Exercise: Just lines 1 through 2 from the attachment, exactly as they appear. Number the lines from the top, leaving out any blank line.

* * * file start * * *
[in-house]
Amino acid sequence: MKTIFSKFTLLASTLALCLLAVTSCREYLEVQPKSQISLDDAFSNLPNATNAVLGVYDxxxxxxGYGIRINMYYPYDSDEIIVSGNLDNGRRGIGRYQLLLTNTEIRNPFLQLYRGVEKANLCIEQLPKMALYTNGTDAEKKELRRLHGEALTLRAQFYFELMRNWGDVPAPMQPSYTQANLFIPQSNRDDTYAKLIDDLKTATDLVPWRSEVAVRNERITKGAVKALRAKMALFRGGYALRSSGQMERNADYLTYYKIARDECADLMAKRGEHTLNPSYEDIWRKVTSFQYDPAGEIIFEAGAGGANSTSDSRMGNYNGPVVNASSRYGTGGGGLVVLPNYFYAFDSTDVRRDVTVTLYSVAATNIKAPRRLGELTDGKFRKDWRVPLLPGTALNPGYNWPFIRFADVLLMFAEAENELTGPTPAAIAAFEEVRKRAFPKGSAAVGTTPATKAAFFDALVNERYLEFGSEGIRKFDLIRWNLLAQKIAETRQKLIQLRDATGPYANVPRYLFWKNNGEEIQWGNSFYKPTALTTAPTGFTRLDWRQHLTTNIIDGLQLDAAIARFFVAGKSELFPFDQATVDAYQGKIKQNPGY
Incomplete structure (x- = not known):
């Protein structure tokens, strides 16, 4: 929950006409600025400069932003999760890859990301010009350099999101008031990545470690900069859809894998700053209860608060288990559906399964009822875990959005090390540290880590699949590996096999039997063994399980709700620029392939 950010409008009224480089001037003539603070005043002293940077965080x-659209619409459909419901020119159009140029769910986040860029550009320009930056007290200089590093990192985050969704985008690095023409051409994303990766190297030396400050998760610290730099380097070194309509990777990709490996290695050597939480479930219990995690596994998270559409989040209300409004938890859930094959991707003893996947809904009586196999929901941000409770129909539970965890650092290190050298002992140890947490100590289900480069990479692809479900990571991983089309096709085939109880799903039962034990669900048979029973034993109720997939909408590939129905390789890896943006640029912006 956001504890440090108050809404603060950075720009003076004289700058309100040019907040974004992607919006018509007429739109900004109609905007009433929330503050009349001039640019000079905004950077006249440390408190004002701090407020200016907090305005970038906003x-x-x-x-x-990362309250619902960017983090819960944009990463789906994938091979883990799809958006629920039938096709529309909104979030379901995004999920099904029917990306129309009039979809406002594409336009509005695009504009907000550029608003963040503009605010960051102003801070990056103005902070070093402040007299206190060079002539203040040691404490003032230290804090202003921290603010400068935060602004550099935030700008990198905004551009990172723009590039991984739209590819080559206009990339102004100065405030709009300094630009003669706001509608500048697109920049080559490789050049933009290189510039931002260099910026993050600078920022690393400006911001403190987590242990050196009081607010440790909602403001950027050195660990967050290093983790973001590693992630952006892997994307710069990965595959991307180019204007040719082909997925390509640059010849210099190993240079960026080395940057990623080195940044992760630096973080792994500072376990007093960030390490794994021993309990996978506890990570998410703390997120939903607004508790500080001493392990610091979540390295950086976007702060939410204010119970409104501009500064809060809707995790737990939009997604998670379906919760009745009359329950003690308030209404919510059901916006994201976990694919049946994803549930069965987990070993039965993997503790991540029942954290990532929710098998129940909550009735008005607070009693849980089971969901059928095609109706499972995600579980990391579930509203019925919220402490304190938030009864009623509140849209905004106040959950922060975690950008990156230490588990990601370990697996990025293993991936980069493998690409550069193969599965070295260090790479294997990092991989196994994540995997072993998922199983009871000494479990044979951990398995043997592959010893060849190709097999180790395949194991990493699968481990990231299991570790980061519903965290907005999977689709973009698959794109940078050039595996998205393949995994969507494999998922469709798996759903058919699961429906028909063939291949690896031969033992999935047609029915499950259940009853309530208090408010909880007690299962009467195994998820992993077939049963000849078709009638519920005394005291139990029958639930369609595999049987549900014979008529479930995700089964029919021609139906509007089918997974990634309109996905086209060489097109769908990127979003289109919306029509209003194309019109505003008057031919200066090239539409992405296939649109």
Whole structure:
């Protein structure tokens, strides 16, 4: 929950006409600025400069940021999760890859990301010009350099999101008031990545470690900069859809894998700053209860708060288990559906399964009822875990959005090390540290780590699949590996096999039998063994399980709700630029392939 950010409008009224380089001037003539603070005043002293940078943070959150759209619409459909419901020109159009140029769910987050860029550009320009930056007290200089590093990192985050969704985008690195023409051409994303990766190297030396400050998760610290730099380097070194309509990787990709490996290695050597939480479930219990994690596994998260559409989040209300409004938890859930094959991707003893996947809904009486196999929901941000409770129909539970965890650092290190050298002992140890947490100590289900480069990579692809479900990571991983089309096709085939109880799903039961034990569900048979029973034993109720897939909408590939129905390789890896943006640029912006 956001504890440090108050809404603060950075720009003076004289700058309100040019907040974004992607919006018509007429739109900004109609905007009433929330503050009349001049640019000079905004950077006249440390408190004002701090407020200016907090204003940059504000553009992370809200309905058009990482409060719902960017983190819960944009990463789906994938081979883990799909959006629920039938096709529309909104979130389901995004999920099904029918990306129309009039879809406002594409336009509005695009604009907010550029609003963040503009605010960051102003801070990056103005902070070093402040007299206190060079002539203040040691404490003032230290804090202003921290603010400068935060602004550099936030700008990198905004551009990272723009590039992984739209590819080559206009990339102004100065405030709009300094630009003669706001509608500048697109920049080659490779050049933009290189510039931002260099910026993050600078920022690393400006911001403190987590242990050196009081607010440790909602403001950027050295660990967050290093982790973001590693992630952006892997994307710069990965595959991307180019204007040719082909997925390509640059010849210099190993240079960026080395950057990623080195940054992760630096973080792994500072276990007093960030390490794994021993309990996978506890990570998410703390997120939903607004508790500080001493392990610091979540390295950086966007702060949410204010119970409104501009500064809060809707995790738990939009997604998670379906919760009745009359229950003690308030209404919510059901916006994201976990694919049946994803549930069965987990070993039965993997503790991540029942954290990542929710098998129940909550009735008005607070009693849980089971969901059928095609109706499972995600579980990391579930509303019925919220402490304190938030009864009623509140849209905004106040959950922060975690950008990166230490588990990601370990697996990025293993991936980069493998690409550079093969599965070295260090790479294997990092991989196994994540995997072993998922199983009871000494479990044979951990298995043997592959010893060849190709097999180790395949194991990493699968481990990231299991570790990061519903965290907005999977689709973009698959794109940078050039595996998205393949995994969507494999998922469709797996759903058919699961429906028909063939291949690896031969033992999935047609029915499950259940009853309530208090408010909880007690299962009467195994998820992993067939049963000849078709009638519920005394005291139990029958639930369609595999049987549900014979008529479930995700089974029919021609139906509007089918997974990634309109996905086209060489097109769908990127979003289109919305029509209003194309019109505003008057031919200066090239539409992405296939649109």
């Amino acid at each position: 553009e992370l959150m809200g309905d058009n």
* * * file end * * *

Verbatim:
[in-house]
Amino acid sequence: MKTIFSKFTLLASTLALCLLAVTSCREYLEVQPKSQISLDDAFSNLPNATNAVLGVYDxxxxxxGYGIRINMYYPYDSDEIIVSGNLDNGRRGIGRYQLLLTNTEIRNPFLQLYRGVEKANLCIEQLPKMALYTNGTDAEKKELRRLHGEALTLRAQFYFELMRNWGDVPAPMQPSYTQANLFIPQSNRDDTYAKLIDDLKTATDLVPWRSEVAVRNERITKGAVKALRAKMALFRGGYALRSSGQMERNADYLTYYKIARDECADLMAKRGEHTLNPSYEDIWRKVTSFQYDPAGEIIFEAGAGGANSTSDSRMGNYNGPVVNASSRYGTGGGGLVVLPNYFYAFDSTDVRRDVTVTLYSVAATNIKAPRRLGELTDGKFRKDWRVPLLPGTALNPGYNWPFIRFADVLLMFAEAENELTGPTPAAIAAFEEVRKRAFPKGSAAVGTTPATKAAFFDALVNERYLEFGSEGIRKFDLIRWNLLAQKIAETRQKLIQLRDATGPYANVPRYLFWKNNGEEIQWGNSFYKPTALTTAPTGFTRLDWRQHLTTNIIDGLQLDAAIARFFVAGKSELFPFDQATVDAYQGKIKQNPGY